As my husband and I were leaving church with our six children yesterday, we met two older ladies who had completely opposite reactions to our family. The first lady said, “You have a beautiful family. But I have to ask you, how do you do it?”
I gave my stock answer that I give to anyone who comments on the size of our family: “Oh, it’s a lot of fun.”
But she did not respond the way I expected. “It’s a lot of WORK, buddy!” she stated emphatically, with a nod towards my husband.
The second lady we saw responded to the sight of our family quite differently. “You remind me so much of our family,” she told us nostalgically. “We had seven sons. Now we have 12 grandchildren, and two great-grandchildren.” We congratulated her, and she advised us, “Enjoy your children while they’re young. They grow up incredibly fast.”
I am willing to bet that the first lady that we talked to did not have seven children. In fact, my guess is that she has no more than two or three at the most. Yet she was quick to point out the amount of work that a large family entails. In fact, her reaction implied that our children were burdens, while the second lady saw them as precious treasures that leave all too soon.
I don’t think their reactions are all too surprising. When we think of having a number of children, the thoughts that first come to mind are the diaper changes, the piles of dishes, and the loads of laundry that all those children will require; the fights that will need to be broken up; the shoes that will need to be tied, the temper tantrums that will need to calmed. We realize all too easily that the work will be multiplied with each additional child, but what we too often forget is that the love and joy are multiplied, too. We forget that a few extra socks in the wash don’t require a whole extra load of laundry, but the person who wears them brings a whole new perspective and personality to our family. We forget that the little toddler can have his shoes tied by an older sibling, and that the sight of the older child learning responsibility and gentleness as he cares for the toddler will absolutely melt our hearts.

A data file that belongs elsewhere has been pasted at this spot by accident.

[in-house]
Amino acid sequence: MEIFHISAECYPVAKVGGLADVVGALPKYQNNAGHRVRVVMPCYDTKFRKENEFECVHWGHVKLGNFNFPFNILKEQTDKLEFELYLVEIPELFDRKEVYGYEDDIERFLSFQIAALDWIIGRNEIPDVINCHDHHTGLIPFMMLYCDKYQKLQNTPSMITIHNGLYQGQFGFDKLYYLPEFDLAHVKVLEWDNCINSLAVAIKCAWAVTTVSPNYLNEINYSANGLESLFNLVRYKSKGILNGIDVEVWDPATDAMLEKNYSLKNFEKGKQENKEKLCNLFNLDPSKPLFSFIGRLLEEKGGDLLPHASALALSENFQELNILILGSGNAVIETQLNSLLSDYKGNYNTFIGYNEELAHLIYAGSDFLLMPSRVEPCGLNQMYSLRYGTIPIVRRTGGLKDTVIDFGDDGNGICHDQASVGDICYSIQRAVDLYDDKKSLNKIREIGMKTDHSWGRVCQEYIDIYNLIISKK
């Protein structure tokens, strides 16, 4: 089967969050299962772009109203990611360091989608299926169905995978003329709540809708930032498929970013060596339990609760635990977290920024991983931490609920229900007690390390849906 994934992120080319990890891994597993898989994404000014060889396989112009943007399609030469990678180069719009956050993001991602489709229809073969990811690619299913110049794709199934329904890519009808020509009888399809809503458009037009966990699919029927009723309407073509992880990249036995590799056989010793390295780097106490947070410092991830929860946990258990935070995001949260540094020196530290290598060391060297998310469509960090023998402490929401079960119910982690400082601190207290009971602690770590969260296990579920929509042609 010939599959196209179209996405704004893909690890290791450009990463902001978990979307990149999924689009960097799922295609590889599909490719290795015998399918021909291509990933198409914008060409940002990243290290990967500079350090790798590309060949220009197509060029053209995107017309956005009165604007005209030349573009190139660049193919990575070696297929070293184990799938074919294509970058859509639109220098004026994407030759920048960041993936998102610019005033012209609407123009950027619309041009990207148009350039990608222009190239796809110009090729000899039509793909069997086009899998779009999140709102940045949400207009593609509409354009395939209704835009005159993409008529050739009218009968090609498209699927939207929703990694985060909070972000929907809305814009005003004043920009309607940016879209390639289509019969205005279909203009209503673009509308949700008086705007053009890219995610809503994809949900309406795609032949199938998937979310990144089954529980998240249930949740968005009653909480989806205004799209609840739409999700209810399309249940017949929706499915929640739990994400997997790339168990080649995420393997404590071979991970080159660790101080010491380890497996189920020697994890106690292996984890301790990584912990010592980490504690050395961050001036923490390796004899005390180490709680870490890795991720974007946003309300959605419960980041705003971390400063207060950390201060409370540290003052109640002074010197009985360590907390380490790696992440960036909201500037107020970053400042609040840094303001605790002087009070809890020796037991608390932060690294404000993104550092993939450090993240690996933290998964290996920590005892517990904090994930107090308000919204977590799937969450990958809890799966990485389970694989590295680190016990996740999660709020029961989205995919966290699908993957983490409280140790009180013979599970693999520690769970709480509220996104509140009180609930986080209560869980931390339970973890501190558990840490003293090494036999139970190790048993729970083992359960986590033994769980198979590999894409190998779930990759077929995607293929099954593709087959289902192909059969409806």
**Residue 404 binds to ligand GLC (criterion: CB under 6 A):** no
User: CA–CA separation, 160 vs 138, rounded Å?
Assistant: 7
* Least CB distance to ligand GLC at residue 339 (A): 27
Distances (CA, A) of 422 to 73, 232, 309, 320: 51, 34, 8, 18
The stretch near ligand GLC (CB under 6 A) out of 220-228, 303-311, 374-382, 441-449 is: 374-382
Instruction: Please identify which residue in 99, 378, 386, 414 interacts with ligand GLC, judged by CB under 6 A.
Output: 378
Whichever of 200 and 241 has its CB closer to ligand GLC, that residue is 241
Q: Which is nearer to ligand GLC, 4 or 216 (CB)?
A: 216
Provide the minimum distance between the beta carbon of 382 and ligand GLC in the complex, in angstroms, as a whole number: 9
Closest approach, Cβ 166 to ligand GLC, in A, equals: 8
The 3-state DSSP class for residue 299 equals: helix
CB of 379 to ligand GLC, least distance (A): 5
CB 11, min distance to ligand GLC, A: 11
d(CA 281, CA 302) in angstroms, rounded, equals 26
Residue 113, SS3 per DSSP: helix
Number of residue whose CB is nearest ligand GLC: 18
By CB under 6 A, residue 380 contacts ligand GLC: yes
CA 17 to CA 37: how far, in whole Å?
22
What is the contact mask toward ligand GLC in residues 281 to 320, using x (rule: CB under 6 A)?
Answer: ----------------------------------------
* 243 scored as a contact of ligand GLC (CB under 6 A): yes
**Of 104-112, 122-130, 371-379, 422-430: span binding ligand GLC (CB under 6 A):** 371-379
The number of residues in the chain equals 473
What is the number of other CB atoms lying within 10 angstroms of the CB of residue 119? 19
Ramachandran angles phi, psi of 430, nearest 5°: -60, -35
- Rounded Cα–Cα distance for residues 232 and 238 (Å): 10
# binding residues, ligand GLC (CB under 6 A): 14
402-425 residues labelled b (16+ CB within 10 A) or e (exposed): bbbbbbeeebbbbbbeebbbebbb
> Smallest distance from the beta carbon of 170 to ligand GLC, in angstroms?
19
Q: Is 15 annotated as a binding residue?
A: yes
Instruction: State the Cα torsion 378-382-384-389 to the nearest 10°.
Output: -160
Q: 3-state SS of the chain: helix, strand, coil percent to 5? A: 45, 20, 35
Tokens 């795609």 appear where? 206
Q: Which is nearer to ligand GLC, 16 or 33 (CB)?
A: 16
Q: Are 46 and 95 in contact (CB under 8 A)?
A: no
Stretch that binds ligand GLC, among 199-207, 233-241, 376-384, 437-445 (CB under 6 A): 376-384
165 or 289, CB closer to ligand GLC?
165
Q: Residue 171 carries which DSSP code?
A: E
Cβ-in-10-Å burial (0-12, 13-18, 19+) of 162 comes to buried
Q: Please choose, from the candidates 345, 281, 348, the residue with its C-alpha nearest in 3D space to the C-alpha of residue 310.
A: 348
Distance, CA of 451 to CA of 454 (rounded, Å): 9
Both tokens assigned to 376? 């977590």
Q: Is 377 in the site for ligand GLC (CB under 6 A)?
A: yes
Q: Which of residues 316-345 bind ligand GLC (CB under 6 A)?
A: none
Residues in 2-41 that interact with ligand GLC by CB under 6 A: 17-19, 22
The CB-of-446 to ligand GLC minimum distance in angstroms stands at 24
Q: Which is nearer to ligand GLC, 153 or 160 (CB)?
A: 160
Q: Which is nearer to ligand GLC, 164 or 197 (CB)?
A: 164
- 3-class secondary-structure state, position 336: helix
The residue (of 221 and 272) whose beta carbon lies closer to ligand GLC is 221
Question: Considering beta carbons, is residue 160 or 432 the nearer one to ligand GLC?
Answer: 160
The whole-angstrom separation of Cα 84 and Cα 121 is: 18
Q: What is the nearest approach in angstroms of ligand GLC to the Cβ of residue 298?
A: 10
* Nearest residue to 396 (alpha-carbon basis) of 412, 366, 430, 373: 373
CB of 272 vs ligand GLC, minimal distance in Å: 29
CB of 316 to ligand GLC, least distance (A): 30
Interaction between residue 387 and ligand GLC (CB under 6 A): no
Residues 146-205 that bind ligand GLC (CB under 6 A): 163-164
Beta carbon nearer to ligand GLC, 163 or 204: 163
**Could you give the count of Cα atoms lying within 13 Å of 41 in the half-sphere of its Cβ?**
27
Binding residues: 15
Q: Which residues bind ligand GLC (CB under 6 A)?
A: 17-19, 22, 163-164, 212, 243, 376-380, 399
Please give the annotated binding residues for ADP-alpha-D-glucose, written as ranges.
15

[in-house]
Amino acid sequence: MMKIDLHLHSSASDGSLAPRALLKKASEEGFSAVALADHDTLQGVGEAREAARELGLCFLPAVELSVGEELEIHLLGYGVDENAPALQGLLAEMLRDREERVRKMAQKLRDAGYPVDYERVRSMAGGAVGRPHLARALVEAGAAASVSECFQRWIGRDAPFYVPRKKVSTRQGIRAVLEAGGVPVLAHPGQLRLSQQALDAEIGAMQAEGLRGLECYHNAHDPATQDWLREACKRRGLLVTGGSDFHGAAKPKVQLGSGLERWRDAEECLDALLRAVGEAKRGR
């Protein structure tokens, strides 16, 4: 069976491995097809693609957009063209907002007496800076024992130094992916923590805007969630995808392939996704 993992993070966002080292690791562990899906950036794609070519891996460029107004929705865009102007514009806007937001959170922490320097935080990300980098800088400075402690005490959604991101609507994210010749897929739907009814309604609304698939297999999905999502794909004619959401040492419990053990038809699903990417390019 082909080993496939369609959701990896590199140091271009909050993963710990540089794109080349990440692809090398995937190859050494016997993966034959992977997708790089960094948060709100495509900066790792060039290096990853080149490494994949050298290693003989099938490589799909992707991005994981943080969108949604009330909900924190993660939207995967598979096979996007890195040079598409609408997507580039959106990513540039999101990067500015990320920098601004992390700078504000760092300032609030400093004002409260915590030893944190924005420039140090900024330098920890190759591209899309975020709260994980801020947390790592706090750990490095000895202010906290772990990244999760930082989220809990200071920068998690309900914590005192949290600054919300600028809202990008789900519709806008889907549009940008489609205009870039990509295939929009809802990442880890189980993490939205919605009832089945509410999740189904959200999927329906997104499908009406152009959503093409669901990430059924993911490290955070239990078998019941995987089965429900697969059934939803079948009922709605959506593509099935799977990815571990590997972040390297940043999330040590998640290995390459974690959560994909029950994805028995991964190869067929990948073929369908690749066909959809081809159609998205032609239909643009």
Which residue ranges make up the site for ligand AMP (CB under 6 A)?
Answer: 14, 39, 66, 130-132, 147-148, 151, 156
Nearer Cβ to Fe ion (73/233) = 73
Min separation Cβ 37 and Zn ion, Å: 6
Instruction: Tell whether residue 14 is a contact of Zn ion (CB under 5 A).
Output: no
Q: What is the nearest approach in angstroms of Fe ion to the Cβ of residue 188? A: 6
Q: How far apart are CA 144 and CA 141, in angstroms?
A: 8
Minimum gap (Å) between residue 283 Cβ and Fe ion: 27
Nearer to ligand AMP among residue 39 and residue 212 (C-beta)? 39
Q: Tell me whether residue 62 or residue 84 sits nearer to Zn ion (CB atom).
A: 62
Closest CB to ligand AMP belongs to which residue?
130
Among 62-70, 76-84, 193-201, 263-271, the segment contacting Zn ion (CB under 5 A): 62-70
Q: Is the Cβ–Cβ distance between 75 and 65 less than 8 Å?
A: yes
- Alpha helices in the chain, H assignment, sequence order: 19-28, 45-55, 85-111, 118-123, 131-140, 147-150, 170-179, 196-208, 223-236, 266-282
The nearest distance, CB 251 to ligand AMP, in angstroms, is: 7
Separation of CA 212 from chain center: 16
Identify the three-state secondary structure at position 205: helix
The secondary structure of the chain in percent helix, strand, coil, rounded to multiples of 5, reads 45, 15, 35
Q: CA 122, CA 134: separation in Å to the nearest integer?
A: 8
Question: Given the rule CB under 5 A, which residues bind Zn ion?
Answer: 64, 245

Yes, with a large family, there are more diapers to change, more dishes to wash, more laundry to fold, but there are also more people to do all these things together, singing, talking, laughing and praying while we do them.
The lady who had seven sons knew this. But the other lady did not. Some things you have to see firsthand to believe or take on trust. Unfortunately, the world around us doesn’t seem very willing to take the joys of a family on trust. But ask the mothers who have had a lot of children, and they will tell you.
They wouldn’t do it over again any differently.